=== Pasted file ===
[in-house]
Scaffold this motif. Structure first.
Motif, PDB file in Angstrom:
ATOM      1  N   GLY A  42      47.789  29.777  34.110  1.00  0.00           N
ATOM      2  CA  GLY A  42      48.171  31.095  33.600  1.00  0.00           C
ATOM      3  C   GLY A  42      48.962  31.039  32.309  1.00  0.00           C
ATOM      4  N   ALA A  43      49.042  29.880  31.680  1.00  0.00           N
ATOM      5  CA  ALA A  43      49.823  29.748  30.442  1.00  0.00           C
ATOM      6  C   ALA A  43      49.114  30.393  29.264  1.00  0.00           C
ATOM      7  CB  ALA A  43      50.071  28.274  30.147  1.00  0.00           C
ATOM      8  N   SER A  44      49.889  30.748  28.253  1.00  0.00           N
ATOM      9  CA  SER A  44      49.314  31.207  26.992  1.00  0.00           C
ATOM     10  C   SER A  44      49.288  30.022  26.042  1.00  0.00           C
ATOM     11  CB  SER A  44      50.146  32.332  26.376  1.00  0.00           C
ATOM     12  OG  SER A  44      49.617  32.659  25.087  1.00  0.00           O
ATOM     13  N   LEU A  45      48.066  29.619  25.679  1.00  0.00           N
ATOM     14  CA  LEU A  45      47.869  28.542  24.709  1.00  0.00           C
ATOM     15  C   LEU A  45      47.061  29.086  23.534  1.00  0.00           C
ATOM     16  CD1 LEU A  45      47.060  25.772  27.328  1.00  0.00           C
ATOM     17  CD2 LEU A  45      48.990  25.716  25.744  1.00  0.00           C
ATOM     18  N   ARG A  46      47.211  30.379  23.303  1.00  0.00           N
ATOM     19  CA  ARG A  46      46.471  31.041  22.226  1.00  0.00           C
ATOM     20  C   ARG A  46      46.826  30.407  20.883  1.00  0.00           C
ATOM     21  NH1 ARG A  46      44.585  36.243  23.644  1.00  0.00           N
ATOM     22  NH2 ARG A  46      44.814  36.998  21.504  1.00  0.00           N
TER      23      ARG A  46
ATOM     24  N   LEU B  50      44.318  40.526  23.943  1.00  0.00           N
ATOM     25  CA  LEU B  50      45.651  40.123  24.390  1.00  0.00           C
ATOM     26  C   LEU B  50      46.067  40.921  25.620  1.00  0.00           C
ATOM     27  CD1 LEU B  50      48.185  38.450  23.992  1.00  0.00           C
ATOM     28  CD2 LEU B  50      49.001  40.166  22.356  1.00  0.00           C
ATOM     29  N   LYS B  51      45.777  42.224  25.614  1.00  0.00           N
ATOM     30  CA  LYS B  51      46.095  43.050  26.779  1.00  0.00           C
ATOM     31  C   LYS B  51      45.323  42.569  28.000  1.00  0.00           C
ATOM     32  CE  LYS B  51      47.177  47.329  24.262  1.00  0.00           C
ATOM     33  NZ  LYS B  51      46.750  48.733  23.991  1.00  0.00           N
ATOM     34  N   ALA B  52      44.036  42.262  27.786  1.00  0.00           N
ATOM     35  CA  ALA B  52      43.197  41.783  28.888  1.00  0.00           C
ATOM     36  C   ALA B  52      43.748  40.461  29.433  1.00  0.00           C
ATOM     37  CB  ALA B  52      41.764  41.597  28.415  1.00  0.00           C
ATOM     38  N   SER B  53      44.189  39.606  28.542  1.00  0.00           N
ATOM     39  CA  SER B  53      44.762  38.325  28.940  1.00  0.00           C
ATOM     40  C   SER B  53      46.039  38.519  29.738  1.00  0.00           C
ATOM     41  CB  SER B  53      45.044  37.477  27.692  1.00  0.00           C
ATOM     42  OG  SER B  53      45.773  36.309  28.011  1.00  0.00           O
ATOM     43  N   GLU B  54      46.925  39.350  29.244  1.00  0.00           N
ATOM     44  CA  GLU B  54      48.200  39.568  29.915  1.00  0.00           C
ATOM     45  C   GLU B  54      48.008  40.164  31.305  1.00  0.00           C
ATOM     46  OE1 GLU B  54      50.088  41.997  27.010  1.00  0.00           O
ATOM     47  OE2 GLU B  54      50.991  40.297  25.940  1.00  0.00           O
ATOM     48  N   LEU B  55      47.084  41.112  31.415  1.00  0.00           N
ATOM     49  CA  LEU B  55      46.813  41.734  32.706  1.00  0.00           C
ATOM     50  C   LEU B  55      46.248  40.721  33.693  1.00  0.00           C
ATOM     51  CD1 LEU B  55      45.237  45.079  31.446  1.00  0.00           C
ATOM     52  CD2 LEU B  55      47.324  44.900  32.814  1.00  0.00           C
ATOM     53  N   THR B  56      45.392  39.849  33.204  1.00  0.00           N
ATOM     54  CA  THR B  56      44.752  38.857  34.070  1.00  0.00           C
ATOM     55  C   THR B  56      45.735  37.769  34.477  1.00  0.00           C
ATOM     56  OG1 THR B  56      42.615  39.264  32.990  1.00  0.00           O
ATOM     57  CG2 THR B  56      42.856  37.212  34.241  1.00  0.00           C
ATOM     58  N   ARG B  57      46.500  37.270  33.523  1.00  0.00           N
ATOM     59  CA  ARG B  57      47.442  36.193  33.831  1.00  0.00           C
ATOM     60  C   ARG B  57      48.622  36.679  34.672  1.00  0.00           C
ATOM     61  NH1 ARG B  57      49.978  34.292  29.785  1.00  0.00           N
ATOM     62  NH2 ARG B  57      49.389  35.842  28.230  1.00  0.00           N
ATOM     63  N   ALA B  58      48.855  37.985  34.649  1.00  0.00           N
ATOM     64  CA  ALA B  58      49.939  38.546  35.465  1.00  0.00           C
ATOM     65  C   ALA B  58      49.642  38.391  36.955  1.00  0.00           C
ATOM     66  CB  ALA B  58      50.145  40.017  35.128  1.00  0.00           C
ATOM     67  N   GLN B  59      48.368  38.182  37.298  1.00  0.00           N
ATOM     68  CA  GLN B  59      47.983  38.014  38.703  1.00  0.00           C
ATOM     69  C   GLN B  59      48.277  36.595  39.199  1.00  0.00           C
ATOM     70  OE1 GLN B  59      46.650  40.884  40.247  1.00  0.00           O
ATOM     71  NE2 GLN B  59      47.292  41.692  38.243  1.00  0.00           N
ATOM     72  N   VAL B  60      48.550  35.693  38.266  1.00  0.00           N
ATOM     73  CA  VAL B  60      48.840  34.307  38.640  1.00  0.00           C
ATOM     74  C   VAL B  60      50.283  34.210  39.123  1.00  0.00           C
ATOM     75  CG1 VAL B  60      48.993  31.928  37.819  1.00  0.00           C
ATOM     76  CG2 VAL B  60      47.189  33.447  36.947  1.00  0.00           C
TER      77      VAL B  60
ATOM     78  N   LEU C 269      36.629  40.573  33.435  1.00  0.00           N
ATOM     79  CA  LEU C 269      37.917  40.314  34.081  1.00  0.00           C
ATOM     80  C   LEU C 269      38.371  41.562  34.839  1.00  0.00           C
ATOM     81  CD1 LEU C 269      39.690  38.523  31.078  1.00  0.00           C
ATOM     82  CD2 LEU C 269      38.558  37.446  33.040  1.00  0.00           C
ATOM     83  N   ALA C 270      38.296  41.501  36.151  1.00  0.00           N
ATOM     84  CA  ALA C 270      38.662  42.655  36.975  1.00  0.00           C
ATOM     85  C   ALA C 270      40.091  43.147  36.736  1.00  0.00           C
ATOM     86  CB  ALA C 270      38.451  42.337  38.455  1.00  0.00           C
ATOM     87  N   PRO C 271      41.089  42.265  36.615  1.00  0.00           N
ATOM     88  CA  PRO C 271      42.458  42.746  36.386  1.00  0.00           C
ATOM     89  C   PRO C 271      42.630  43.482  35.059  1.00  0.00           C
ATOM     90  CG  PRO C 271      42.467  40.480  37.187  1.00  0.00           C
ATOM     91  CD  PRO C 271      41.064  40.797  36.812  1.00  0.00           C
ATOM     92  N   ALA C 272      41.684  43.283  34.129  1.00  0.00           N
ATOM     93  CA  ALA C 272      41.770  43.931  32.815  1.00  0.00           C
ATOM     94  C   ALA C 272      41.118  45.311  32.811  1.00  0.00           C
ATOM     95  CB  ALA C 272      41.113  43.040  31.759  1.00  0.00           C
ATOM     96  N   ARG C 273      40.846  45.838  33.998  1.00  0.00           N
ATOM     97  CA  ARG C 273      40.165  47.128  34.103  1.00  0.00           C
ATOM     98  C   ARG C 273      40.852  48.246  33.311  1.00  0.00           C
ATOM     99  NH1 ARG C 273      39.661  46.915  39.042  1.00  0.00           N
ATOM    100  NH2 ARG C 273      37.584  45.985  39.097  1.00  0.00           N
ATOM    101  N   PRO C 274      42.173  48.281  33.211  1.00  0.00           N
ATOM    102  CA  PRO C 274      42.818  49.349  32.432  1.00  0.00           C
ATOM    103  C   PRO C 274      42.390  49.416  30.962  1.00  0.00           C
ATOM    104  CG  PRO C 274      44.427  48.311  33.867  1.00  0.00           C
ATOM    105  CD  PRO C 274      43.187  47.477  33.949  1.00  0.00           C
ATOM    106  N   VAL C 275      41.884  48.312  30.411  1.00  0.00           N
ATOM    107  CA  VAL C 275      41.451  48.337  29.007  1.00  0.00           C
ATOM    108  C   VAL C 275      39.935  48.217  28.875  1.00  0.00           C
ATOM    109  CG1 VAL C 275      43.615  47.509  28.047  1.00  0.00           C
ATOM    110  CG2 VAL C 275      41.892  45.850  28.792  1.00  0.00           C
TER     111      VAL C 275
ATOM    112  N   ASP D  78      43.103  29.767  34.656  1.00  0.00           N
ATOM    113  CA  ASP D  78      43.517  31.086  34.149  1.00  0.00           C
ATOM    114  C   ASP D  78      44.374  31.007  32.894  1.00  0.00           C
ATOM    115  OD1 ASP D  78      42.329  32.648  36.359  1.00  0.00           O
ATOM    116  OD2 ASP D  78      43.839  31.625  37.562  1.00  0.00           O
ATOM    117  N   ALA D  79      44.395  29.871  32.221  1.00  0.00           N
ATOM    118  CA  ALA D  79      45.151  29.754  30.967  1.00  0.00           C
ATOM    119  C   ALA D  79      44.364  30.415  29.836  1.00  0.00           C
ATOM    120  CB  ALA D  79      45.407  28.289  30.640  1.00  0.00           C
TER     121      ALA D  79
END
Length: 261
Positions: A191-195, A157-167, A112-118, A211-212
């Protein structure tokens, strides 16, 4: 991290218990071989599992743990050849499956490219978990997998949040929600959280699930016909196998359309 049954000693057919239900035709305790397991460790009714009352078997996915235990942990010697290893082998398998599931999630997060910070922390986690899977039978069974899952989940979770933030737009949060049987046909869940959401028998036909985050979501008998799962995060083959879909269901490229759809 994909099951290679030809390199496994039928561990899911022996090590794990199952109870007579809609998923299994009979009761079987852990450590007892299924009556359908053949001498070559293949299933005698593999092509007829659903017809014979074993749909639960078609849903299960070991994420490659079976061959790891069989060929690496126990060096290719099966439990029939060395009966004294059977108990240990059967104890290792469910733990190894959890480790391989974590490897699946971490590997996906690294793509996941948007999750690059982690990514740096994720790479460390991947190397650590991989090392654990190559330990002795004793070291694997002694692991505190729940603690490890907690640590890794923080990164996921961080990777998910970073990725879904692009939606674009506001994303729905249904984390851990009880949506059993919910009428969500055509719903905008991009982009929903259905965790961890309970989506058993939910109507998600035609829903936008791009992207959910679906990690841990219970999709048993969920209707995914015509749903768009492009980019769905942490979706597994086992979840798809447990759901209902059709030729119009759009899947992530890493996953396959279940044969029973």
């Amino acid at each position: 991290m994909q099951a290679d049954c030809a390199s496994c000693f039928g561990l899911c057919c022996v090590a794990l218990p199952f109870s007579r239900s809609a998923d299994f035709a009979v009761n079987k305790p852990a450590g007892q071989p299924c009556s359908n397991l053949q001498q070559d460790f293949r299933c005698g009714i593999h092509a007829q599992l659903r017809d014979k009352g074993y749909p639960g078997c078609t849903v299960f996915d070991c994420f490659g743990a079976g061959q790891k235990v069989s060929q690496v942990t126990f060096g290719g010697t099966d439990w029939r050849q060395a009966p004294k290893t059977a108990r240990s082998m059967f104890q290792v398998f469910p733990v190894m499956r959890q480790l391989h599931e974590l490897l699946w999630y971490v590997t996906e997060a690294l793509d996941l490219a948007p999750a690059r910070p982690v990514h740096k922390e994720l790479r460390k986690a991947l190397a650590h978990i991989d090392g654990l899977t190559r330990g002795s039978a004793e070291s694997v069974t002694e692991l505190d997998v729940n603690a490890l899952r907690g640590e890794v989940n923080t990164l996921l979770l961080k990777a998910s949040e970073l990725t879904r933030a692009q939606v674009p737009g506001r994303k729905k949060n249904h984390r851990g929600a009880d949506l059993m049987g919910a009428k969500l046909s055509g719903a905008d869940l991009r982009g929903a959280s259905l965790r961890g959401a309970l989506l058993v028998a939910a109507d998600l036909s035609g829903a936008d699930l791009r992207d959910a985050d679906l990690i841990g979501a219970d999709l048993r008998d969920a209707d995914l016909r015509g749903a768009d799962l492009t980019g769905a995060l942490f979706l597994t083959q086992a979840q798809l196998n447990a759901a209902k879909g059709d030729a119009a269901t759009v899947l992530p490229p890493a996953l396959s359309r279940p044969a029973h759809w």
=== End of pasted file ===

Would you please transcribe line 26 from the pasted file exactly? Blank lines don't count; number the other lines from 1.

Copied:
TER      23      ARG A  46